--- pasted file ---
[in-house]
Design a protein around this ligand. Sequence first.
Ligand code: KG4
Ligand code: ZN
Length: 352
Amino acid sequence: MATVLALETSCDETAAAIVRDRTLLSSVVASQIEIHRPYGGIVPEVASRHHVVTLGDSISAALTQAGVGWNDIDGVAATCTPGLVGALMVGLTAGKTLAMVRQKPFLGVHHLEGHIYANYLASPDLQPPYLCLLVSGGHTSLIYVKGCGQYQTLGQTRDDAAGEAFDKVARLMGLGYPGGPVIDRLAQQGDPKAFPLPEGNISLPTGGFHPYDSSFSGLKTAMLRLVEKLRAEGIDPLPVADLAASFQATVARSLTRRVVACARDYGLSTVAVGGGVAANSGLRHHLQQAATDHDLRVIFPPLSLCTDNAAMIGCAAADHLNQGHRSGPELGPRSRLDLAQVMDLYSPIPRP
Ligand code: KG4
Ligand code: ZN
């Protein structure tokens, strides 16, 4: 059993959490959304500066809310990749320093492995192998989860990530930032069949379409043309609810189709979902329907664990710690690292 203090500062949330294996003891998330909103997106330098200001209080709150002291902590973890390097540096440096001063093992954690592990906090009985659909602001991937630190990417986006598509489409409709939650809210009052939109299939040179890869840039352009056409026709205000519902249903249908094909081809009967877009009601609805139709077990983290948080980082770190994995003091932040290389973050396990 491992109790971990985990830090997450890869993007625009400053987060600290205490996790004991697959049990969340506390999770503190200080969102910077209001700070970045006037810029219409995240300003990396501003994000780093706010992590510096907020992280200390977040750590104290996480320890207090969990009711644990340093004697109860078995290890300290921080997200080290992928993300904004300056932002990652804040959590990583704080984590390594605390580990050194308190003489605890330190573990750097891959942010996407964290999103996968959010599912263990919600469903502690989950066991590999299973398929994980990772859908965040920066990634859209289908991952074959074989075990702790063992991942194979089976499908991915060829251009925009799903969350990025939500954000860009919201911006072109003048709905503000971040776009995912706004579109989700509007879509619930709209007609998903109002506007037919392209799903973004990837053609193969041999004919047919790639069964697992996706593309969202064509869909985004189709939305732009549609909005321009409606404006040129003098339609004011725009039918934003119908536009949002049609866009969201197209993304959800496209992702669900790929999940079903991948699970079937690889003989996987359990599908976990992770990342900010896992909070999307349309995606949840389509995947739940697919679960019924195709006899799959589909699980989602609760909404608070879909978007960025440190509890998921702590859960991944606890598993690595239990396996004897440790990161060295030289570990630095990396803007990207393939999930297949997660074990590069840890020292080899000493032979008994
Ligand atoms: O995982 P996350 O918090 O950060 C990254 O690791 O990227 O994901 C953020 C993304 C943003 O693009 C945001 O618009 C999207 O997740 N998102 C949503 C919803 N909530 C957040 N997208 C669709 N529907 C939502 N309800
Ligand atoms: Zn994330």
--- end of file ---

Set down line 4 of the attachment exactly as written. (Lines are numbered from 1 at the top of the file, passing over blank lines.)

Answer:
Ligand code: ZN